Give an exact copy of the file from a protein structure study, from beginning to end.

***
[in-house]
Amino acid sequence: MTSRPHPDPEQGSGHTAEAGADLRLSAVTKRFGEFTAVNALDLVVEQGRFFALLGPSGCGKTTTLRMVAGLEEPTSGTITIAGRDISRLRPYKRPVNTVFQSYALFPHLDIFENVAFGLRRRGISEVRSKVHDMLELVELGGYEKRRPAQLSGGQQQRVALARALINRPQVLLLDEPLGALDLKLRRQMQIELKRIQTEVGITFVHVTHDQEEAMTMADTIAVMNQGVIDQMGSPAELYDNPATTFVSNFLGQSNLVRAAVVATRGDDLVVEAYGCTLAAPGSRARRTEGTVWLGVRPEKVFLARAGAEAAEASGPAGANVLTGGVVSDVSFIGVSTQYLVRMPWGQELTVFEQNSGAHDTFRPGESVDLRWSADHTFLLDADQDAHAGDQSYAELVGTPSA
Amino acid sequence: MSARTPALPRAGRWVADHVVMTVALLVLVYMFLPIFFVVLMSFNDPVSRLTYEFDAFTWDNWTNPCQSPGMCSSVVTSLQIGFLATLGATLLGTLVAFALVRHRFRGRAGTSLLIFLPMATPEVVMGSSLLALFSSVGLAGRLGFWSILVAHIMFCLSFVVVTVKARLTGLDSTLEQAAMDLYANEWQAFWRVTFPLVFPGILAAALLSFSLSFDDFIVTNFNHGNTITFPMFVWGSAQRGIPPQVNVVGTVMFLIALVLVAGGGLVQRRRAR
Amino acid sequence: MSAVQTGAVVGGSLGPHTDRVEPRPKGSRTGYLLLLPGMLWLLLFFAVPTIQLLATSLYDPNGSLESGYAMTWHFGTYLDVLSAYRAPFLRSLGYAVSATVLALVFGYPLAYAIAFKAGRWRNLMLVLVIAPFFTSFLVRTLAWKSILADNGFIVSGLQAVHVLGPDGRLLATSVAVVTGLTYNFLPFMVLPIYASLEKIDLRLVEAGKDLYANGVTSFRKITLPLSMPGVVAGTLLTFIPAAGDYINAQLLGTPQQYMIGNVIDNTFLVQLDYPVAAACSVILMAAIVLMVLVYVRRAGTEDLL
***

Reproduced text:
[in-house]
Amino acid sequence: MTSRPHPDPEQGSGHTAEAGADLRLSAVTKRFGEFTAVNALDLVVEQGRFFALLGPSGCGKTTTLRMVAGLEEPTSGTITIAGRDISRLRPYKRPVNTVFQSYALFPHLDIFENVAFGLRRRGISEVRSKVHDMLELVELGGYEKRRPAQLSGGQQQRVALARALINRPQVLLLDEPLGALDLKLRRQMQIELKRIQTEVGITFVHVTHDQEEAMTMADTIAVMNQGVIDQMGSPAELYDNPATTFVSNFLGQSNLVRAAVVATRGDDLVVEAYGCTLAAPGSRARRTEGTVWLGVRPEKVFLARAGAEAAEASGPAGANVLTGGVVSDVSFIGVSTQYLVRMPWGQELTVFEQNSGAHDTFRPGESVDLRWSADHTFLLDADQDAHAGDQSYAELVGTPSA
Amino acid sequence: MSARTPALPRAGRWVADHVVMTVALLVLVYMFLPIFFVVLMSFNDPVSRLTYEFDAFTWDNWTNPCQSPGMCSSVVTSLQIGFLATLGATLLGTLVAFALVRHRFRGRAGTSLLIFLPMATPEVVMGSSLLALFSSVGLAGRLGFWSILVAHIMFCLSFVVVTVKARLTGLDSTLEQAAMDLYANEWQAFWRVTFPLVFPGILAAALLSFSLSFDDFIVTNFNHGNTITFPMFVWGSAQRGIPPQVNVVGTVMFLIALVLVAGGGLVQRRRAR
Amino acid sequence: MSAVQTGAVVGGSLGPHTDRVEPRPKGSRTGYLLLLPGMLWLLLFFAVPTIQLLATSLYDPNGSLESGYAMTWHFGTYLDVLSAYRAPFLRSLGYAVSATVLALVFGYPLAYAIAFKAGRWRNLMLVLVIAPFFTSFLVRTLAWKSILADNGFIVSGLQAVHVLGPDGRLLATSVAVVTGLTYNFLPFMVLPIYASLEKIDLRLVEAGKDLYANGVTSFRKITLPLSMPGVVAGTLLTFIPAAGDYINAQLLGTPQQYMIGNVIDNTFLVQLDYPVAAACSVILMAAIVLMVLVYVRRAGTEDLL